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Greta Gerwig, Jury President of the 77th Cannes Film Festival

Greta Gerwig, Jury President of the 77th Cannes Film Festival

Greta Gerwig, Jury President of the 77th Cannes Film Festival

Following a year in which she beat every record with her film Barbie, the American director, screenwriter, and actress Greta Gerwig is to preside over the feature film Competition Jury of the 77th Cannes Film Festival, which takes place May 14 – 25 2024.

A heroine of our modern times, Greta Gerwig shakes up the status quo between a highly codified cinema industry and an era that is demanding greater expansiveness. And she’s a cinephile. “I love films – I love making them, I love going to them, I love talking about them. As a cinephile, Cannes has always been the pinnacle of what the universal language of movies can be. Being in the place of vulnerability, in a dark theatre filled with strangers, watching a brand-new film is my favorite place to be. I am stunned and thrilled and humbled to be serving as the president of the Cannes Film Festival Jury. I cannot wait to see what journeys are in store for all of us!”


In less than fifteen years, Greta Gerwig has gained recognition in american and worldwide cinema. Originally from Sacramento, California, but a New Yorker by adoption, she who dreamed of being a playwright has crafted her own path, with both consistency and a taste for risk, toward the heights of brilliance.

Yesterday, ambassador of independent American cinema, today at the summit of worldwide box-office success, Greta Gerwig manages to combine what was previously judged to be incompatible: delivering arthouse blockbusters, narrowing the gap between art and industry, exploring contemporary feminist issues with deft as well as depth, and declaring her demanding artistic ambition from within an economic model that she embraces in order to put to better use.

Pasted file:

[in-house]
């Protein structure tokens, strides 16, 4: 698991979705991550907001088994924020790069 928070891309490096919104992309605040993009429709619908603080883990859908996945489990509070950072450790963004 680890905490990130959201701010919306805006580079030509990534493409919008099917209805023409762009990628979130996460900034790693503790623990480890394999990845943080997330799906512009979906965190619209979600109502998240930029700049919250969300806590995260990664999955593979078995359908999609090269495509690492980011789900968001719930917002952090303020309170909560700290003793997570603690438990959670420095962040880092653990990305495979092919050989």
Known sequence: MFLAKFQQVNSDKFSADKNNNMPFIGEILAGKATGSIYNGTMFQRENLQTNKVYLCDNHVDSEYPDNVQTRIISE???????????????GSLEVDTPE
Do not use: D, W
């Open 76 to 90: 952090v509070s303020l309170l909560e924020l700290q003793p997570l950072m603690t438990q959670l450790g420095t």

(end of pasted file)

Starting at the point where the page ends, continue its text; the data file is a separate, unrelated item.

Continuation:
Whether acting, writing, or directing, her artistic endeavours have recurrent leitmotifs, such as family upheaval, adolescent rites of passage, fear of loss of social status or the emergence of artistic vocation via characters that are free, sometimes fragile and marginal, but also fierce.


Starting out as an actress, Greta Gerwig transformed into a screenwriter working on a variety of projects. She co-wrote Hannah Takes the Stairs (2007) and Nights and Weekends (2008) which she also co-directed, then Frances Ha (2012), Mistress America (2015) and of course Barbie with Noah Baumbach, her accomplice in art.

Her very first solo work, Lady Bird (2017) – a striking, tender and melancholic portrait of the torments of adolescence – was nominated for 5 Academy Awards, including Best Director.

For her second film, Greta Gerwig ambitiously took hold of the American literature classic from 1868 by Louisa May Alcott, Little Women, again with the intention of taking a fresh look at all of the story’s female protagonists, so as to better examine their emancipation in a world dominated by men. In a double reading, the director also undertakes a subtle examination of her own place within the cinema system and the compromises required in terms of commercial success to appeal to a mass audience.


Finally, her most recent feature film was released in July 2023, the tornado that is Barbie, ploughs the same furrow in even more spectacular fashion, by facing up to that ambivalent idol of small girls, a symbol of the female-as-object, but also of woman-emancipated. In this fierce satire about the human condition, Greta Gerwig nails everyday sexism, and stereotypes, with joyful intent. An international cultural phenomenon, Barbie is the biggest success of the year and has made Greta Gerwig the most bankable female film director in history.


The first American female director to take on the role of Jury President at the Festival de Cannes, Greta Gerwig, at the age of 40, adds another record to her considerable list of awards: that of becoming the youngest person to take on the task since Sofia Loren only aged 31 in 1966, and the second female director since Jane Campion in 2014; and the second American woman after Olivia de Haviland first female Jury President in 1965.


“This is an obvious choice, since Greta Gerwig so audaciously embodies the renewal of world cinema, for which Cannes is each year both the forerunner and the sounding board”, said Iris Knobloch, Festival President, and Thierry Frémaux, General Delegate. “Beyond the 7th Art, she is also the representative of an era that is breaking down barriers and mixing genres, and thereby elevating the values of intelligence and humanism.”

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